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Judge Denies Latest Appeal in Schiavo Case

Randall Terry, founder of the antiabortion group Operation Rescue and a Christian activist, served as family spokesman, recounting the wrenching details of their bedside visits. "She looked like she just came from Auschwitz," he said Schiavo's sister, Suzanne Vitadamo, told him after visiting Schiavo. He told reporters that Mary Schindler became ill after leaning toward her daughter, who has been without food or water since Friday. "It was as if Terri was begging her for help," he said.

The Schindlers have been insulated by as many as 30 family members, some of whom occasionally peered through the tinted windows of the gift shop's door. Couches and chairs have been brought in to create an impromptu living room, where family members have sat chatting for hours to try to distract from their grief, said Mary Schindler's brother, Mike Tammaro. There is no television or radio, he said, only the constant chime of cell phones.

Schindlers Speak Outside Hospice
Schindlers Speak Outside Hospice
Bob Schindler, Terri Schiavo's father, speaks to the media accompanied by his son Bobby in front of the Woodside Hospice. (Carlos Barria - Reuters)

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Justices Decline Schiavo Case (The Washington Post, Mar 25, 2005)
Terri Schiavo's Unstudied Life (The Washington Post, Mar 25, 2005)
Schiavo Vote Tied To Law, Religion (The Washington Post, Mar 24, 2005)
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A parade of supportive celebrities have phoned the Schindlers, Tammaro said. His sister or her husband have spoken with Mel Gibson, Pat Boone and "Everybody Loves Raymond" co-star Patricia Heaton. Mary Schindler "is having a hard time realizing [Schiavo's] days are running out," Tammaro said, and has had trouble getting out of bed in the morning even though she is a lifelong early riser.

Tammaro, one of the few family members allowed to visit Schiavo, said he "laid hands" on her during a moment of prayer with several other family members this week. "I felt her move to my touch," he said. Schiavo, he said, often appears to laugh when someone tells a joke.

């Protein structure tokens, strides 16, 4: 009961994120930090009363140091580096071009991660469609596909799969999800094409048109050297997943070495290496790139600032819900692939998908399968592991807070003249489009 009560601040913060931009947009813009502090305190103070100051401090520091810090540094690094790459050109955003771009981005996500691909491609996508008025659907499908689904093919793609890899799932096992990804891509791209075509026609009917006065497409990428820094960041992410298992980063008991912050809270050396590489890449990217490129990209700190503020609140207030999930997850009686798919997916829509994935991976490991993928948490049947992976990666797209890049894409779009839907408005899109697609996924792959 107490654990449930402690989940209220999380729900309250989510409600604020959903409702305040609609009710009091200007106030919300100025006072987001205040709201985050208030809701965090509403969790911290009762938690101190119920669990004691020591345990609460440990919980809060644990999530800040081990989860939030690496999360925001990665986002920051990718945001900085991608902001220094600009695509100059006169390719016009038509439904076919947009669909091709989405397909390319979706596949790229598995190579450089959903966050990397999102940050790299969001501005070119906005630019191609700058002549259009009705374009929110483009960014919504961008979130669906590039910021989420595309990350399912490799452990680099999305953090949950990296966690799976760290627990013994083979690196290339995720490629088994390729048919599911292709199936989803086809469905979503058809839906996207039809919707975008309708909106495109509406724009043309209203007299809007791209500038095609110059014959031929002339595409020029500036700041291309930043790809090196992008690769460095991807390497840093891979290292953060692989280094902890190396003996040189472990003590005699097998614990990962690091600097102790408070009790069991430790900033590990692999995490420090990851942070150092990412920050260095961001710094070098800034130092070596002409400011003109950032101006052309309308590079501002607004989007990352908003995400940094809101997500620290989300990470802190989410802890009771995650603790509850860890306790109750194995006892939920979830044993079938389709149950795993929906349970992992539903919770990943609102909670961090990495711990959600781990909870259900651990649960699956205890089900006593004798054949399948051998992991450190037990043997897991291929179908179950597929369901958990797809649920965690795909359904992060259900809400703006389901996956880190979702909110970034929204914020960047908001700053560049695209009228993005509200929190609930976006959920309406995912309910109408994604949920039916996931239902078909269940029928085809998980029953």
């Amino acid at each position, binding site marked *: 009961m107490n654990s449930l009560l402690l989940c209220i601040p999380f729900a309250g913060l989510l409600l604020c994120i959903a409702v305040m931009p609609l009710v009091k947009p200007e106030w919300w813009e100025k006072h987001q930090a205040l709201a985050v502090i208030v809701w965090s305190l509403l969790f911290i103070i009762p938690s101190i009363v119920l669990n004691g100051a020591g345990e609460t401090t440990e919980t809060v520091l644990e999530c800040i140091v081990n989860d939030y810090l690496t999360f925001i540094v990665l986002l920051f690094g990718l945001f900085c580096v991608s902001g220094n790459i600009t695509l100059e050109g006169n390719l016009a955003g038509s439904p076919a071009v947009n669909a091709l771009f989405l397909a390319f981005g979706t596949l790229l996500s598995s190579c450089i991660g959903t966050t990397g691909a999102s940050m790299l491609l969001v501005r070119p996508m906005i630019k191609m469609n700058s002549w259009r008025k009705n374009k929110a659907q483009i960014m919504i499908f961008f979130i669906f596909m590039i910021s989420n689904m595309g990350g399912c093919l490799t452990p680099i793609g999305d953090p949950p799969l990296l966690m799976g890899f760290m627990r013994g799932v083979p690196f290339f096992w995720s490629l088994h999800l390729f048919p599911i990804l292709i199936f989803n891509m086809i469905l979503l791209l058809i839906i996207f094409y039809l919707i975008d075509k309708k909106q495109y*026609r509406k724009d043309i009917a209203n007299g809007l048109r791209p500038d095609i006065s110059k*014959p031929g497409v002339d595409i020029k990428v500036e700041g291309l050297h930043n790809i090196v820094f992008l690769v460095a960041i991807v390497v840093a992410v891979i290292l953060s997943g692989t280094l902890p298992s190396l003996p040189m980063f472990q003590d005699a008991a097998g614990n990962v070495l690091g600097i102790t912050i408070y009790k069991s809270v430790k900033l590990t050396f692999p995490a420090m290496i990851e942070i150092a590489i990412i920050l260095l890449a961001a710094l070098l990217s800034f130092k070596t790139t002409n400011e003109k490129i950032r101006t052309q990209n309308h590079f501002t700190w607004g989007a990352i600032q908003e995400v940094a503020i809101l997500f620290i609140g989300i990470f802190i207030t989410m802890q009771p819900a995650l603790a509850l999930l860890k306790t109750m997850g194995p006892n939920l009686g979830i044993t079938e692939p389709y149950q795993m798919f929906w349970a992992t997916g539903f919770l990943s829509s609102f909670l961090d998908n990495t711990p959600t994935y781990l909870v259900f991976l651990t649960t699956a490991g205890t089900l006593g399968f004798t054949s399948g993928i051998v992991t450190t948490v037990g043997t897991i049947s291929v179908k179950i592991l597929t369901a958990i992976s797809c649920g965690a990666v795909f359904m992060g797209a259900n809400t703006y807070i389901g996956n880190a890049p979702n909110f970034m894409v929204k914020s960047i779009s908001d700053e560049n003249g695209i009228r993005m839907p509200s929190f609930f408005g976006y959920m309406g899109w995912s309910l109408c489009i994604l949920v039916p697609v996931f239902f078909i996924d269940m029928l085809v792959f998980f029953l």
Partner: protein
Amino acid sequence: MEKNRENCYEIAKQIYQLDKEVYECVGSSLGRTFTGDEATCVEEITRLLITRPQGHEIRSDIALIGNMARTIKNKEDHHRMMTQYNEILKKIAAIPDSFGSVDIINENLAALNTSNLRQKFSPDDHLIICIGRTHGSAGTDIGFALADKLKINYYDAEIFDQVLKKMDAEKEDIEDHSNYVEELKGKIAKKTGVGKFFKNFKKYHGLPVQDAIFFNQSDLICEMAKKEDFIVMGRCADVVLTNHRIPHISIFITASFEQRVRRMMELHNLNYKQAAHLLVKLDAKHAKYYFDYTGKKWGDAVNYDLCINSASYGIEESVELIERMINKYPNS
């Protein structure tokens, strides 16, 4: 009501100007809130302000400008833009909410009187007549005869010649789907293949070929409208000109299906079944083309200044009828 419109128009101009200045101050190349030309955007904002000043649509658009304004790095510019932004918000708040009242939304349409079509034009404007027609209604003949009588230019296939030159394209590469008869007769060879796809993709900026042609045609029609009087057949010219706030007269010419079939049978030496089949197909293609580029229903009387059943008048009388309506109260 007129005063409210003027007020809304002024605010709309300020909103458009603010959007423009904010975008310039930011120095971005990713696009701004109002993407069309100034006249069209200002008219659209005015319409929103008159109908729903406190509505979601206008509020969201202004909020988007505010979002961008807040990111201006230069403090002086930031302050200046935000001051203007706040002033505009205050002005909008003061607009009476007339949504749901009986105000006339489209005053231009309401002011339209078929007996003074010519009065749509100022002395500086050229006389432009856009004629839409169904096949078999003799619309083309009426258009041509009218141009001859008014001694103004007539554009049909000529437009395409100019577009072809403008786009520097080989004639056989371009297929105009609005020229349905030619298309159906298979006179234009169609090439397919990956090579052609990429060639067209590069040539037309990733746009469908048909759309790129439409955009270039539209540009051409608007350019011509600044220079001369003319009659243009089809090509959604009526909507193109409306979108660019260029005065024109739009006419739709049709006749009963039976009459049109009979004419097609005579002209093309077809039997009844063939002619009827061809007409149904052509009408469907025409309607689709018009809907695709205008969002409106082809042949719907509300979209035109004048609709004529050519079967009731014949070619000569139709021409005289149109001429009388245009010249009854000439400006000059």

The Schindlers had been hoping that Jeb Bush could save their daughter by presenting an affidavit from William P. Cheshire, a neurologist at the Mayo Clinic in Jacksonville, Fla., who says Schiavo may be in a "minimally conscious," rather than "vegetative," state, as court-appointed doctors believe.

Cheshire has been a vocal critic of assisted suicide. An article attributed to him on the Web site www.restorationfoundation.org advocated Jews converting to Christianity. "Should not we who are in Christ lift the yoke of persecution from the shoulders of the Jewish people and refresh them with the truth of the Lord of the Sabbath?" the article says.

Pinellas County Circuit Judge George W. Greer ruled that Bush's attempt to use Cheshire's report as a basis for taking custody of Schiavo appeared to be a violation of the constitutional separation the legislative, judicial and executive branches. "By clear and convincing evidence, it was determined she did not want to live under such burdensome conditions and that she would refuse such medical treatment-assistance," Greer wrote.

Bush may have missed an opportunity to take custody of Schiavo on Thursday morning. For about three hours, Felos said, there was no judicial impediment stopping the state from seizing Schiavo and resuming her tube-feeding because an arcane rule granted an automatic stay of court orders after an appeal was filed at 8:15 a.m. Realizing that the appeal opened a window of opportunity, Felos said, he asked Greer to issue another order nullifying the stay. Once the state figured out what was happening, Felos said, its lawyers apparently tried to stall a Thursday-morning hearing before Greer to give officers time to drive to the hospice. But Greer issued the order shortly after 11 a.m., preventing any possible state action. Another attempt to seize Schiavo may have been set in motion the day before, Felos said.

Law enforcement officers and an attorney for Morton Plant Hospital, where Schiavo's tube was to be reinserted, told Felos and his legal team that the governor's office had notified them that agents from the Florida Department of Law Enforcement were preparing to take custody of Schiavo and drive her to the hospital. Those phone calls prompted Felos to ask Greer to issue the order that was handed down late Wednesday afternoon blocking the state from taking custody and authorizing "each and every" sheriff's deputy in the state to stop any attempt to remove Schiavo from the hospice.

Staff writers Jennifer Frey and Dana Milbank in Washington contributed to this report.


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